On Sunday, Nov. 17, the American Heart Association established formal research ties between the University of Mississippi Medical Center and Boston University to expand the two universities' population studies of cardiovascular disease: The Jackson and Framingham heart studies.
Called Heart Studies v2.0, the AHA-sponsored collaboration will allow researchers in the two studies to more deeply analyze genetic and other patient information collected in the studies' data banks.
The research has the potential to offer more effective and personalized medical treatments based on an individual's genetic makeup, environment, history, particular disease sub-type and other variables.
The Framingham Heart Study, founded in 1948 at Boston University, is the nation's longest-running cardiovascular-disease investigation. Its researchers have collected health data over the years from seven cohort groups made up of thousands of participants. The study has produced information on identification of risk factors for heart disease and stroke, and insights on the effects of these factors, including smoking, obesity, blood pressure, cholesterol and physical activity.
The Jackson Heart Study is the largest study in history to focus on the genetic factors related to cardiovascular diseases in African Americans, a group that faces increased risk for heart disease and stroke. It is an extremely important study because, while the Framingham study has provided decades of important data, its subjects have historically lacked racial diversity.
The JHS draws together the University of Mississippi Medical Center, Jackson State University and Tougaloo College. It has followed 5,300 African Americans in Jackson for more than a decade, compiling data from numerous medical tests, scans, exams and interviews, while also analyzing the effects of lifestyle factors such as diet, community and church involvement on their overall health. JHS researchers have identified links between social conditions and specific risk factors for diseases, uncovered differences in metabolic syndrome between blacks and whites, and identified how location of fat in the body affects African Americans—a topic previously analyzed mainly in white people.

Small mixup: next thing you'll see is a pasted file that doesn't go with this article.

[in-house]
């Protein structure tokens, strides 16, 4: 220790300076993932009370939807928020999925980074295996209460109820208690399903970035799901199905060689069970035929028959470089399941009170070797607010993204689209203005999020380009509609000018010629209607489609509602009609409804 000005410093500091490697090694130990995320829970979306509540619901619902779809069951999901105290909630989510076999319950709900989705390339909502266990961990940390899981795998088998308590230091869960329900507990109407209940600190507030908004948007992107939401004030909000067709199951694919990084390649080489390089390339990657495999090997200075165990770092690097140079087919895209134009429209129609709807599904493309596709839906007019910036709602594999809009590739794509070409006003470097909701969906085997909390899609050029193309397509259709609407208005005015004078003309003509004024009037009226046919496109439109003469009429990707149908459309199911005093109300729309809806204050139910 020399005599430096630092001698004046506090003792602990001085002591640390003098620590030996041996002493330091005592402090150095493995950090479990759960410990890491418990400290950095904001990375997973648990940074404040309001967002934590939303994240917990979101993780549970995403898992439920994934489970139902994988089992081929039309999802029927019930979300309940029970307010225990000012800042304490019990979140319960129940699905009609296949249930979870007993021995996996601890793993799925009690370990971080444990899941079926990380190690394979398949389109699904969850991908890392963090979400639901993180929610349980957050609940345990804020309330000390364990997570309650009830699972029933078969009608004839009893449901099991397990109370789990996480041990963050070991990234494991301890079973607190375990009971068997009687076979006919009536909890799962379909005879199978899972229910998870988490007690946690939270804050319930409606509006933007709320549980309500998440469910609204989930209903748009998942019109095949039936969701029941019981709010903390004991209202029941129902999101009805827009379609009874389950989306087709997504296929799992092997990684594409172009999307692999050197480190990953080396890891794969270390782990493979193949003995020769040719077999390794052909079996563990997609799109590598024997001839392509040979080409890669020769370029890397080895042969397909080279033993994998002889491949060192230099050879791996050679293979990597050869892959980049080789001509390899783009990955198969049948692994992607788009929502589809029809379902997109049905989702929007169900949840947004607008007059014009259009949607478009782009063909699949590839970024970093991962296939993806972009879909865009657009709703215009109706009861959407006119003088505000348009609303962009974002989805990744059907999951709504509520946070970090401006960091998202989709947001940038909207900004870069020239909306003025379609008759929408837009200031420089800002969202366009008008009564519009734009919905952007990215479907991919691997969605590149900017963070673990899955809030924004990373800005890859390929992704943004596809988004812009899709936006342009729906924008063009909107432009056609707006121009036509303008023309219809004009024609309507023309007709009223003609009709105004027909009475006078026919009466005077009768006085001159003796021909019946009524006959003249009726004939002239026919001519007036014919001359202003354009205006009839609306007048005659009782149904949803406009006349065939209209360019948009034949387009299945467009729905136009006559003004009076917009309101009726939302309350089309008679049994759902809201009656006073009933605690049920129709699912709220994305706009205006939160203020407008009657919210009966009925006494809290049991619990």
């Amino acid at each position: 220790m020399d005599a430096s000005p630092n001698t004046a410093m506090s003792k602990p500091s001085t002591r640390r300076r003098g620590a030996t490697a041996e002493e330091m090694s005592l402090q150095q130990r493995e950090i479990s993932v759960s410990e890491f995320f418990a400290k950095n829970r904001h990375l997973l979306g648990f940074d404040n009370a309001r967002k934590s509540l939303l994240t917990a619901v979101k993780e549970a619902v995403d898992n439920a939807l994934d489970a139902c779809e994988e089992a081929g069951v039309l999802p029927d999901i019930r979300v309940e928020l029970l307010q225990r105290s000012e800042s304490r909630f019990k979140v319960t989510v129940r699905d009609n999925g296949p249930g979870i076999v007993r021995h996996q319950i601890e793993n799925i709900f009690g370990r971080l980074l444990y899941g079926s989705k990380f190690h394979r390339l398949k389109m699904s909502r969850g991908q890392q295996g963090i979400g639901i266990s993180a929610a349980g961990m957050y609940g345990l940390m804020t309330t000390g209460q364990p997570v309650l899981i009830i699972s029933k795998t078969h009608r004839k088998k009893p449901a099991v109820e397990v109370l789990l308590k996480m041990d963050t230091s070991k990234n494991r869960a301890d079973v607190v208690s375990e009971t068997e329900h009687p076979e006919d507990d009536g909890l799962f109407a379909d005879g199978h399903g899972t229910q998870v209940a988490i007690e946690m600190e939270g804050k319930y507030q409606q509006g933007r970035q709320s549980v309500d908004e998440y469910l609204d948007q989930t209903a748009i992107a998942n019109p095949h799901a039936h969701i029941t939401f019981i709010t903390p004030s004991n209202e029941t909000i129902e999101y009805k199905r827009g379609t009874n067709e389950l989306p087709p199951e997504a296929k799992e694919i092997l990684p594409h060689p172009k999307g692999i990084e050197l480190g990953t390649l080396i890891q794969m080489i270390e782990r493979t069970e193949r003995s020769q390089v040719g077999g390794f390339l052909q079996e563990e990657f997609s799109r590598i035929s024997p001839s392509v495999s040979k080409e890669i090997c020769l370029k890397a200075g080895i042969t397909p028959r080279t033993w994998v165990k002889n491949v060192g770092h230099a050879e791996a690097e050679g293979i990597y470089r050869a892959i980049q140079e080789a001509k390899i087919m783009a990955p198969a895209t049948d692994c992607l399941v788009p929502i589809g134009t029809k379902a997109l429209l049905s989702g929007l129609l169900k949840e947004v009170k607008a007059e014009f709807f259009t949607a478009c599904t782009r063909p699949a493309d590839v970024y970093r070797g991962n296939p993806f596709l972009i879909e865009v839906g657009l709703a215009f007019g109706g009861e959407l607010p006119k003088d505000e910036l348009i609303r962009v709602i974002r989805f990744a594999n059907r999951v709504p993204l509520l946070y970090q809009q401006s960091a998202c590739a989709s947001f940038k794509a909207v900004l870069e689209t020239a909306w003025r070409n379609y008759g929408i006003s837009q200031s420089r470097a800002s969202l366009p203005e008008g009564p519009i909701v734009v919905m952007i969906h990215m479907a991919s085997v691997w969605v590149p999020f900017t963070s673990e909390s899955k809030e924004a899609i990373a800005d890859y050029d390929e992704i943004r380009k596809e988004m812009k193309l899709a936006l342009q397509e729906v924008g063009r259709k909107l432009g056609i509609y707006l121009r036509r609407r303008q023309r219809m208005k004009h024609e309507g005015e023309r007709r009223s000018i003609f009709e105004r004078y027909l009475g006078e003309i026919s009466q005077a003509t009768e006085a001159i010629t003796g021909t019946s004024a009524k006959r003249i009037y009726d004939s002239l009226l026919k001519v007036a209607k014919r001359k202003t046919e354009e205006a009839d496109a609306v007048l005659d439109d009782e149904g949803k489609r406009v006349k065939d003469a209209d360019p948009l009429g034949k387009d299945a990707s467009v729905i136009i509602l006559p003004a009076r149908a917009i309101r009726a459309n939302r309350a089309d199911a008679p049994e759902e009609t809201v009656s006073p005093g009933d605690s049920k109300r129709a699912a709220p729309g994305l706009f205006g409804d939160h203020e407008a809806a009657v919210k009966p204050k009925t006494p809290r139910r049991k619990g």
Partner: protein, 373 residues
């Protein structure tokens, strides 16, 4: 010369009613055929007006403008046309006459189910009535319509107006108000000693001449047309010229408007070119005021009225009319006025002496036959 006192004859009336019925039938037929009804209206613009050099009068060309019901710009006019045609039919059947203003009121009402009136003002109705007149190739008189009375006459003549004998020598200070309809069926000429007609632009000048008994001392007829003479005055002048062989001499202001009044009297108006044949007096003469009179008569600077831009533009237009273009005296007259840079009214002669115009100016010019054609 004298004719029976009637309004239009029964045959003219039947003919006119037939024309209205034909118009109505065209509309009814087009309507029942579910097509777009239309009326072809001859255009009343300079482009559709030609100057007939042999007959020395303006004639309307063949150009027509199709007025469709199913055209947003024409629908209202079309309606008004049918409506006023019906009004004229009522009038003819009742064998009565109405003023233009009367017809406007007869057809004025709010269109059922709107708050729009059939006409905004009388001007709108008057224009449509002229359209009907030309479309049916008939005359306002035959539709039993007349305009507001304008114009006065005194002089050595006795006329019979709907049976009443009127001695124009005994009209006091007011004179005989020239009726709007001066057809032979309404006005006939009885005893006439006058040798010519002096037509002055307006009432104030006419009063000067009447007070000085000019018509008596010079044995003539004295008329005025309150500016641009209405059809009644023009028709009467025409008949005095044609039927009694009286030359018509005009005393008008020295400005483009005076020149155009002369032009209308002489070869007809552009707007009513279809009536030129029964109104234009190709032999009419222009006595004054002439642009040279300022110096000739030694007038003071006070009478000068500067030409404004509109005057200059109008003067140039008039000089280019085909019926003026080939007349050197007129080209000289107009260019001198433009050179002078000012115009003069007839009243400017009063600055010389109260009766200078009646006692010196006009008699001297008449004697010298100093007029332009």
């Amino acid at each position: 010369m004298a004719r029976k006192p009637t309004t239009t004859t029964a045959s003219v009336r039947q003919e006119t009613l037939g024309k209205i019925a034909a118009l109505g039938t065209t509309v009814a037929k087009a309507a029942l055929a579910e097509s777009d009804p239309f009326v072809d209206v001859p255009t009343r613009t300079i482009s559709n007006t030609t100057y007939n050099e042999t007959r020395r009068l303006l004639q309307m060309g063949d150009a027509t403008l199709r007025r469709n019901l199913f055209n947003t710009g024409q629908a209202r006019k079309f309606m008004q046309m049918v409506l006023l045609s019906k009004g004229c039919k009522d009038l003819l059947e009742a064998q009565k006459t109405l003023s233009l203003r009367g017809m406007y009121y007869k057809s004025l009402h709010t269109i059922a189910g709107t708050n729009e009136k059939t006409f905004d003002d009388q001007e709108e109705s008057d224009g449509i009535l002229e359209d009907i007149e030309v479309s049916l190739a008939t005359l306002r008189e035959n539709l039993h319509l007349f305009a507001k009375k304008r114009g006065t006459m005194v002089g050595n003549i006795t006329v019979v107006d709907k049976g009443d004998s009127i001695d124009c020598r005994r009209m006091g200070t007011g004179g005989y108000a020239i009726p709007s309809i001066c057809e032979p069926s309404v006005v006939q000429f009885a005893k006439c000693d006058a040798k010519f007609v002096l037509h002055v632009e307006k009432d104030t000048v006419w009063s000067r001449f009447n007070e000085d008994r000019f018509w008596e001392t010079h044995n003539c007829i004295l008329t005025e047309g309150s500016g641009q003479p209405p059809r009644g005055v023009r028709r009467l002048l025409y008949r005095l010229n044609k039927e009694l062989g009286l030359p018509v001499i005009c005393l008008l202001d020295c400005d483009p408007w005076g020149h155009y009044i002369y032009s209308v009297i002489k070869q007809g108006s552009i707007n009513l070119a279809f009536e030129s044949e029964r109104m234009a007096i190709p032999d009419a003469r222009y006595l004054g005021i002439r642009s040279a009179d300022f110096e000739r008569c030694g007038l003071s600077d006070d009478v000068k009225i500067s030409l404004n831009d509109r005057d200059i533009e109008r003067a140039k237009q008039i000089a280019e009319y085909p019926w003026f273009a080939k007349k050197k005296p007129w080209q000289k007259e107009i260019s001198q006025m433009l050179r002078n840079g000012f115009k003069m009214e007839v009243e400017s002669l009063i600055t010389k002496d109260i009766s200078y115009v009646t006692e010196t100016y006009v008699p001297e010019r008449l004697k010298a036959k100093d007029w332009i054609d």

Representatives from the AHA, Boston University, the University of Mississippi and other scientific thought leaders appointed by the collaboration's Scientific Oversight Group will govern the collaboration.
Mississippi Second in Nation for Utilities
On Tuesday, Nov. 19, North Mississippi Public Service Commissioner Brandon Presley announced that Area Development—a national site selection publication—has ranked Mississippi as second in the nation for competitive utility rates related to economic development and job growth.
"I am proud that the economic-development community around the country is taking note of the pro-jobs efforts of the Mississippi Public Service Commission to keep rates low," Presley said in a release. "The first job at the PSC is to protect the public interest and bring reliable utility service to the people, businesses and industries of Mississippi. While we still have much work to do to keep rates low, I am proud that Area Development has recognized the Commission's hard work."
Presley sponsored and passed the Small Business Rate Incentive, which helps Mississippi small business owners save on upfront utility costs. The incentive program has helped more than 1,000 small businesses around the state save an average of $600 in initial utility costs.
Recently, Presley asked the state's major electric and gas utilities to extend the small business incentives through 2014. So far, all major public utilities have either filed extensions to the program or plan to by the end of the year.
For more information about Mississippi's ranking, visit Area Development's website.